. This is the first World Series title for Vilandos, who has cashed numerous times in major poker competitions and also holds titles from the Queens Poker Classic and the Diamond Jim Brady tournament. The owner of three auto repair shops, Vilandos began playing poker 35 years ago in his native Greece.
. Short-chipped when he came to the final table, Vilandos won several all-in hands and managed to slowly but surely build his stack. By the time heads-up play began, he was almost even in chips with runner-up Mike Cook. Vilandos then went on the attack, relentlessly hammering Cook's stack until he had his opponent almost down to the felt. In the decisive confrontation, Cook was dealt 5H 2D in the big blind, and Vilandos called with 10D 4H. The flop came 9D 4D 3C, giving Vilandos middle pair and Cook an open-end straight draw. When Cook bet, Vilandos raised and Cook called all in. But the 3D on the turn was no help, and when the river brought the 5D, Vilandos won the pot and his first World Series title with a 10-high flush.
. "The competition today was very hard," Vilandos said. "I had lots of ups and downs, and at the last three tables, I had fewer chips than anybody. But I won a lot of all-in hands, kept my concentration, and never lost control."
. For placing second in the pot-limit Hold'em event, Cook pocketed $75,240. A 48-year-old jewelry dealer from London, England, Cook has previously cashed twice in the WSP, including finishing sixth for $12,548 in yesterday's pot-limit Omaha competition. He holds titles from both the Great Britain Poker Championship and the European Poker Championship tournaments.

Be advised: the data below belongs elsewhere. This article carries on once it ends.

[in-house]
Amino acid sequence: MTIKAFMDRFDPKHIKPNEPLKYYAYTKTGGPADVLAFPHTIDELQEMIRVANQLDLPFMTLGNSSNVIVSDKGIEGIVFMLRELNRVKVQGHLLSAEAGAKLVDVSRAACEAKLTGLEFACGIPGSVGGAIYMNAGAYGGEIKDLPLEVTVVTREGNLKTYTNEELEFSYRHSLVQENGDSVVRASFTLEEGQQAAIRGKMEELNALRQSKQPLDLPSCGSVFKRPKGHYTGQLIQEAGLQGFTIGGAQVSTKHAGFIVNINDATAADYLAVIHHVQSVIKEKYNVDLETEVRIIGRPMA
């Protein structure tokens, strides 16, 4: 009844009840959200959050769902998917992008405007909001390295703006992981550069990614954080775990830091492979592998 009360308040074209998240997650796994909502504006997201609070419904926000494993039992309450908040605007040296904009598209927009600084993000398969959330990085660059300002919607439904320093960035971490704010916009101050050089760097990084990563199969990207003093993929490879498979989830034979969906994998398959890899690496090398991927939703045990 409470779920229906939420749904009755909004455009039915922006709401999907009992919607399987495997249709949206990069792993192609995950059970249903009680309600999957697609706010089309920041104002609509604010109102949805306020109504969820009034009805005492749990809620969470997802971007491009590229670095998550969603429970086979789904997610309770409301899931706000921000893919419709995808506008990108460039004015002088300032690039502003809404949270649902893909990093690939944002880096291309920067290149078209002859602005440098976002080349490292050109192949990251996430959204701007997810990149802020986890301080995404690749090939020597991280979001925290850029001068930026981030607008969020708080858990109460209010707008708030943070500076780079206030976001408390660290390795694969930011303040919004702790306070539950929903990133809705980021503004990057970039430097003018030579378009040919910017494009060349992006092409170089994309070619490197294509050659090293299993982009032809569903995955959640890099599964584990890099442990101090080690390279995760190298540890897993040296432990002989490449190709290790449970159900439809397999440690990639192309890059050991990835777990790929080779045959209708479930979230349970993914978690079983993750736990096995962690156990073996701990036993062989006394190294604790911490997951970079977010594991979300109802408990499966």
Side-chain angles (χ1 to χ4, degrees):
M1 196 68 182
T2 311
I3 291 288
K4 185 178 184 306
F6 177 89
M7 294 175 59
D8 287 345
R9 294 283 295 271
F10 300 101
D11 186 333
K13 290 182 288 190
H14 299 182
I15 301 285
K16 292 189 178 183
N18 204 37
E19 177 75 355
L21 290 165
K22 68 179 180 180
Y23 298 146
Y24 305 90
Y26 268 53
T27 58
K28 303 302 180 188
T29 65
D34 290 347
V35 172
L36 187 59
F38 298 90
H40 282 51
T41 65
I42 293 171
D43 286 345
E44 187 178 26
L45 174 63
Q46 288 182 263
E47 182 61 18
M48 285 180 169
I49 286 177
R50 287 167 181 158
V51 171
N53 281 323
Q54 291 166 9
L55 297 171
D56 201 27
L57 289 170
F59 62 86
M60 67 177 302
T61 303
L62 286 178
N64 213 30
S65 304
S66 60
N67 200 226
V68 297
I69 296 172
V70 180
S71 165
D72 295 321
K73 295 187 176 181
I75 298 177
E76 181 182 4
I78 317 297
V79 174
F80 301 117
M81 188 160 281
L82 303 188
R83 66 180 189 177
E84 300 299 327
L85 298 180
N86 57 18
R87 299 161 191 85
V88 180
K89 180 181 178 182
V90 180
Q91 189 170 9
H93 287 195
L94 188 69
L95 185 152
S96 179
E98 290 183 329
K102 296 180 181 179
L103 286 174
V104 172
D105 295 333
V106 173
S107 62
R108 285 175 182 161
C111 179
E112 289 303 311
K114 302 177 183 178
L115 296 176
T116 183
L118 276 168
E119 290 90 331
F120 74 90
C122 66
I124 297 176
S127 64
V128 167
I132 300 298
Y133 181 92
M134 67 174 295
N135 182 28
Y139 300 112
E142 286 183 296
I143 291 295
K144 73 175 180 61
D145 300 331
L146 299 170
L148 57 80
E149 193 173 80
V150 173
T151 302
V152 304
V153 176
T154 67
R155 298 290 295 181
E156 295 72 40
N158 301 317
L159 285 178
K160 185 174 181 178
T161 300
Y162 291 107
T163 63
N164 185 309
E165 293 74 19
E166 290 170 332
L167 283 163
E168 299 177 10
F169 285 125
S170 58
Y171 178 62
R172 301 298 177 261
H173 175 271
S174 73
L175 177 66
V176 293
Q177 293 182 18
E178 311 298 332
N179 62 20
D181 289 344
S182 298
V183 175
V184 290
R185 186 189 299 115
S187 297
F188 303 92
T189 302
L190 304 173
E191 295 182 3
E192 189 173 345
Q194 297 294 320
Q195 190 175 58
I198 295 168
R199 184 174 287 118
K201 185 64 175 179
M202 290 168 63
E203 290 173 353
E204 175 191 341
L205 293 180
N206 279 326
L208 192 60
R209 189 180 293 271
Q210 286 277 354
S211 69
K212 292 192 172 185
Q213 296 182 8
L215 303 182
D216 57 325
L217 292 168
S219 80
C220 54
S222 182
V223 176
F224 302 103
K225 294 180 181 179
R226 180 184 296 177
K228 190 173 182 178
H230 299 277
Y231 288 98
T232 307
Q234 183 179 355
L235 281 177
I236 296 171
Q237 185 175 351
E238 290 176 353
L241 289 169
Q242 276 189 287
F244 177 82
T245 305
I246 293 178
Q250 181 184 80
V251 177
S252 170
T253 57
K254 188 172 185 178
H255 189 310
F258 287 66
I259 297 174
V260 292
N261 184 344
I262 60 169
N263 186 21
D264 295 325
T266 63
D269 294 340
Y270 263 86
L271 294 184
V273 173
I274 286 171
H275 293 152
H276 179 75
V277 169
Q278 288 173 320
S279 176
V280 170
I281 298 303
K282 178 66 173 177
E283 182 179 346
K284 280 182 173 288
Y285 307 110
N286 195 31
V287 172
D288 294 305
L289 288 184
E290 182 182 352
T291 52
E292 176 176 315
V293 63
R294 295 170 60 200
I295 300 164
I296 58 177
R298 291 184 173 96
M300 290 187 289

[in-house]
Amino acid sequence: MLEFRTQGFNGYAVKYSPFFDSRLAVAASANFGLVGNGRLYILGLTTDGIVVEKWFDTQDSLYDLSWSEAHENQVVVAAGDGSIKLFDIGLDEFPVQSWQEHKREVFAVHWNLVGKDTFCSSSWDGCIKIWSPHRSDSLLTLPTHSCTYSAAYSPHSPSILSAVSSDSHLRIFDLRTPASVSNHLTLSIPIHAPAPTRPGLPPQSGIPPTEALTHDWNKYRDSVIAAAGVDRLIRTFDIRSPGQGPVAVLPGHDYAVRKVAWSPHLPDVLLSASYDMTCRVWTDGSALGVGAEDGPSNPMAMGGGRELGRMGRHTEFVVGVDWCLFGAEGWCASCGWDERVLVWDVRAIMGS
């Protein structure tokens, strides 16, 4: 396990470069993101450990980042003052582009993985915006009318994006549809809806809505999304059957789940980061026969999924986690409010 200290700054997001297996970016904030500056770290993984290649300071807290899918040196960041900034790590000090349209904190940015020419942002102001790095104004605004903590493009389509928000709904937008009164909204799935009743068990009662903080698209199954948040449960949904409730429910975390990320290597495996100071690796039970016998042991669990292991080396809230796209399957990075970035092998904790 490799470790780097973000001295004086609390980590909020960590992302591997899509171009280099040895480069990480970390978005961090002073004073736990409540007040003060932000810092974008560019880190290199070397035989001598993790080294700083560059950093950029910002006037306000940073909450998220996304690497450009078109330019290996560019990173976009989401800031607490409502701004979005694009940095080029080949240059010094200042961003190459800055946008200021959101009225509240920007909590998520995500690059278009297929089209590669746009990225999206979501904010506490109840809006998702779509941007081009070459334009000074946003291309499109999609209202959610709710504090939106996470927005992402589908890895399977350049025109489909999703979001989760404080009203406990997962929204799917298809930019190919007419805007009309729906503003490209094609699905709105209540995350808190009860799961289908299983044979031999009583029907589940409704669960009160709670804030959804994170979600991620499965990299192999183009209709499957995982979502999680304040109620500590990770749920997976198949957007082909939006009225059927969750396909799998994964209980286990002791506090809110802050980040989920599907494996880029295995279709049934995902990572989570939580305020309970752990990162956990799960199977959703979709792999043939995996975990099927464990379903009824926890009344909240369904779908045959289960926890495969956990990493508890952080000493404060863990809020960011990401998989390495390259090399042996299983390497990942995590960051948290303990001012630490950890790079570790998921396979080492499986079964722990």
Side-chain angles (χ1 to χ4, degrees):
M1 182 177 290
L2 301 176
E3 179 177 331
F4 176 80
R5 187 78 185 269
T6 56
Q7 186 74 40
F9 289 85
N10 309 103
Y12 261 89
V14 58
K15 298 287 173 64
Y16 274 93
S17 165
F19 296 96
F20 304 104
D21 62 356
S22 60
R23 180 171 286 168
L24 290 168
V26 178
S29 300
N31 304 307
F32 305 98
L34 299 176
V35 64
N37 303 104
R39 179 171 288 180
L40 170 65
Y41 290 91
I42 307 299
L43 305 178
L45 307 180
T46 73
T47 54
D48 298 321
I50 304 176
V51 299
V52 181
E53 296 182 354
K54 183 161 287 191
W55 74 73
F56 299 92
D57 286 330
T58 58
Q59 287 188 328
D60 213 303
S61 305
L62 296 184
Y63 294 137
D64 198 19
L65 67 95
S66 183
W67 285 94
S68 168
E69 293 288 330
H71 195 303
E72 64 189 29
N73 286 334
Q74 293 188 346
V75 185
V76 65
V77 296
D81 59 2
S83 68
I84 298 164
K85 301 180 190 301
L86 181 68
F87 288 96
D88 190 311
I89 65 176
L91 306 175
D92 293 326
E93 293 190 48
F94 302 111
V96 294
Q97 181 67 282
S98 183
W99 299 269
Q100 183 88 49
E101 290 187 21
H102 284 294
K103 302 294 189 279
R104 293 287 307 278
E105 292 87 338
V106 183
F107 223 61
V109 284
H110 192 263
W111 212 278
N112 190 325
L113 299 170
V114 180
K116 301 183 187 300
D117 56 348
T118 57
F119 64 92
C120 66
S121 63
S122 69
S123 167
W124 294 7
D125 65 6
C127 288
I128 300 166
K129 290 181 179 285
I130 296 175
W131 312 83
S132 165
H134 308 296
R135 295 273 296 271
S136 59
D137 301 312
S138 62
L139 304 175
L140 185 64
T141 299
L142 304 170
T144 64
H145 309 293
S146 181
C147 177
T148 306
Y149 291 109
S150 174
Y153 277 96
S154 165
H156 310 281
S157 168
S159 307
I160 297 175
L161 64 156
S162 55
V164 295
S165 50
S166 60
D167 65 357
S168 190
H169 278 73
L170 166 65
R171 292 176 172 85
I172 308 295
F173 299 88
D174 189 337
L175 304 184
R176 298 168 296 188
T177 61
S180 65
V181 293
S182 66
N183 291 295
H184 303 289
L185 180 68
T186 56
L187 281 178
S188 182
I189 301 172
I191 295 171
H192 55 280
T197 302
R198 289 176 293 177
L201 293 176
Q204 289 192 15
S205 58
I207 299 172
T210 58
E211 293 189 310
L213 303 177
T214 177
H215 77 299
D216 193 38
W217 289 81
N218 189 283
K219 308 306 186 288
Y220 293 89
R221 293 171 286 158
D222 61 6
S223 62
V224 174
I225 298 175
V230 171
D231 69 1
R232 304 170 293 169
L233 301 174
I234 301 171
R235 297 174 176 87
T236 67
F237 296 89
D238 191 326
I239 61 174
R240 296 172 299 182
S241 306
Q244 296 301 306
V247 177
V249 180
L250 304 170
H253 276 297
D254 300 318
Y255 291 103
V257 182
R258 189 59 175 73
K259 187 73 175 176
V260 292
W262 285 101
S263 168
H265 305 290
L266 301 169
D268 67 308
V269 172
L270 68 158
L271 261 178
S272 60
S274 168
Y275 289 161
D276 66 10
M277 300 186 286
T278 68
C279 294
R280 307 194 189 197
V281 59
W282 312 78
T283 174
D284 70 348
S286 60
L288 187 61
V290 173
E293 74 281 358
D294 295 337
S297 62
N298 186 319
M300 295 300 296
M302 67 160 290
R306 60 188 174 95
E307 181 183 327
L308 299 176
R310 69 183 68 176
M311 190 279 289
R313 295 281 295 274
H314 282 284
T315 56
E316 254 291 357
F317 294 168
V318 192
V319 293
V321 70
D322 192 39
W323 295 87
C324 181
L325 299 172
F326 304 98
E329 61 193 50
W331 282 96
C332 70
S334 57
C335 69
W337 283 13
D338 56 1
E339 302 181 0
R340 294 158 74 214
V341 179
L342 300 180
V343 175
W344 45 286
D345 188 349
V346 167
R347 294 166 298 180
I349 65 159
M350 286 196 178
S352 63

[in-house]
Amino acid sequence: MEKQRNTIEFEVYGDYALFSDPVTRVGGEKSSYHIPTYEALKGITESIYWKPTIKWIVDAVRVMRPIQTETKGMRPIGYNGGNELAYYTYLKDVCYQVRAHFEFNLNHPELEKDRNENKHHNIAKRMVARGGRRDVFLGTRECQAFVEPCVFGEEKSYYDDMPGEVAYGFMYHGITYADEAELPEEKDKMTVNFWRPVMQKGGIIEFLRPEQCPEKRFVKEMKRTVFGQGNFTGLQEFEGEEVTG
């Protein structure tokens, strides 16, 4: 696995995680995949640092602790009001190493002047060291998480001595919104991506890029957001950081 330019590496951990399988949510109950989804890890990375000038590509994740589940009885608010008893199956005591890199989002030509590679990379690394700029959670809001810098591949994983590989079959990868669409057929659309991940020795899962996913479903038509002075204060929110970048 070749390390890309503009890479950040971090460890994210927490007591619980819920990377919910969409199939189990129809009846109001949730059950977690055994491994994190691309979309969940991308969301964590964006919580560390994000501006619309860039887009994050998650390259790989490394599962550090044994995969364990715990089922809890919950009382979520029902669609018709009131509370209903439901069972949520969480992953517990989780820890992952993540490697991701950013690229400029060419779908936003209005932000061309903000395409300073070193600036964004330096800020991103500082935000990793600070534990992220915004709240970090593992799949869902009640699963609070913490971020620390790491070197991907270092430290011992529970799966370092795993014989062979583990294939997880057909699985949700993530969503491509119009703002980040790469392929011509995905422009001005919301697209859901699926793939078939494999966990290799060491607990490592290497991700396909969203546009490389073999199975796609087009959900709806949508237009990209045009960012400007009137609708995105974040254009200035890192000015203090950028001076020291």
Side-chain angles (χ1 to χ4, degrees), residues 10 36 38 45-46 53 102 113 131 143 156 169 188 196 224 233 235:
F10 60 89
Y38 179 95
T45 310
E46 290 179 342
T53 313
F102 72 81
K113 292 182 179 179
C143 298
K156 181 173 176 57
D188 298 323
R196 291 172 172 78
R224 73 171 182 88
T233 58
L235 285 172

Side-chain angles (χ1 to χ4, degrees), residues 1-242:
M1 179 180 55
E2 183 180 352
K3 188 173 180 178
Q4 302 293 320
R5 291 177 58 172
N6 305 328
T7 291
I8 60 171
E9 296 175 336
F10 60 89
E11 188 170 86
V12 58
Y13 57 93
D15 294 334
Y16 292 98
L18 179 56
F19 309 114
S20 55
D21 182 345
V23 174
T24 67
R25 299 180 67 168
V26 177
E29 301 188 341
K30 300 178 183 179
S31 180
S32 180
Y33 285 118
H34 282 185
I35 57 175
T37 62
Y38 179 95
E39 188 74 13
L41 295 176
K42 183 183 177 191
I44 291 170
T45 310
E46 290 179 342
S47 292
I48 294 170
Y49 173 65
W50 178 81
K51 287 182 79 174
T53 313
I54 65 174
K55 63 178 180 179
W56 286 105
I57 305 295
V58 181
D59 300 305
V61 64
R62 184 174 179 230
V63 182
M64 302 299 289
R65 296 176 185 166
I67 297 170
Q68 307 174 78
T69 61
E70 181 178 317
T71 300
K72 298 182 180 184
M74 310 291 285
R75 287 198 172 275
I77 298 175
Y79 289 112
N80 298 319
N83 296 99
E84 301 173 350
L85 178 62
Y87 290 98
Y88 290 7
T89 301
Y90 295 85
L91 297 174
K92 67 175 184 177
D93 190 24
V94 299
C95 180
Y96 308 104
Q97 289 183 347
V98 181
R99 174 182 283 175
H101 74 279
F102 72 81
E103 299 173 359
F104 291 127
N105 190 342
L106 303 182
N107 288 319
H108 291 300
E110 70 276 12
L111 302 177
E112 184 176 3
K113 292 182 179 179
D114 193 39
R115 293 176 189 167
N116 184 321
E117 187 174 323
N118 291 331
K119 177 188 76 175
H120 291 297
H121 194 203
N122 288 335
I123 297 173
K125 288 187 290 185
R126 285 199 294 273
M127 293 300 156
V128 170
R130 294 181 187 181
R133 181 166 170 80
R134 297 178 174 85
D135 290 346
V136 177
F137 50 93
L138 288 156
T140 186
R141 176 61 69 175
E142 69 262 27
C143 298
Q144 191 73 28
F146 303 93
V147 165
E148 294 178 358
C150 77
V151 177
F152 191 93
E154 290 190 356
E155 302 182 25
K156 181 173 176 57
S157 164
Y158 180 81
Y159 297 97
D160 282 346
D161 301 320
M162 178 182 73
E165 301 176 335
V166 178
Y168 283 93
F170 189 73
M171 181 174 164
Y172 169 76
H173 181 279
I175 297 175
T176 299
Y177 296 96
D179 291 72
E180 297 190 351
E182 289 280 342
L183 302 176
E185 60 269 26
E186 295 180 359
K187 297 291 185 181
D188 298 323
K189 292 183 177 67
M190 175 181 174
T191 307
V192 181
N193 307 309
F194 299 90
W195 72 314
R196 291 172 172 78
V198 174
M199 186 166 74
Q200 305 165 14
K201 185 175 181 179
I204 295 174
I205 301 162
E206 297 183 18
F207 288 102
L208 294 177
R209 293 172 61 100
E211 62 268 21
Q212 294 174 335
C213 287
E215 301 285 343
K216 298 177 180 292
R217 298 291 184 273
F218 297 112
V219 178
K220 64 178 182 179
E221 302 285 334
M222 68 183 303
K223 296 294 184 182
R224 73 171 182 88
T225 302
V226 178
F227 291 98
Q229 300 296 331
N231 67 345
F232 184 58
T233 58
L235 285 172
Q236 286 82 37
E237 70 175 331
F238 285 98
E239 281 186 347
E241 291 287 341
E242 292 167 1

. Finishing third and collecting $37,620 was James Miller III of Oceanside, California. A 31-year-old dealer and floorman at Oceanside Card Casino, Miller has been competing in poker tournaments for just two years and already has cashed in several major events. He was knocked out of the pot-limit Hold'em competition when he called all-in before the flop with K-Q against Mike Cook, who held A-Q. Neither player improved, and Cook took down the pot with ace high.
. In her fourth appearance at the final table in this year's WSP, Annie Duke of Las Vegas finished sixth for $13,860. With total World Series earnings of $89,983, she ranks No. 2 on the women's roster of all-time WSP money winners. Duke's brother, Howard Lederer, placed ninth in this event, winning $5,940. This is the first time in World Series history that a brother and sister have competed at the same final table.
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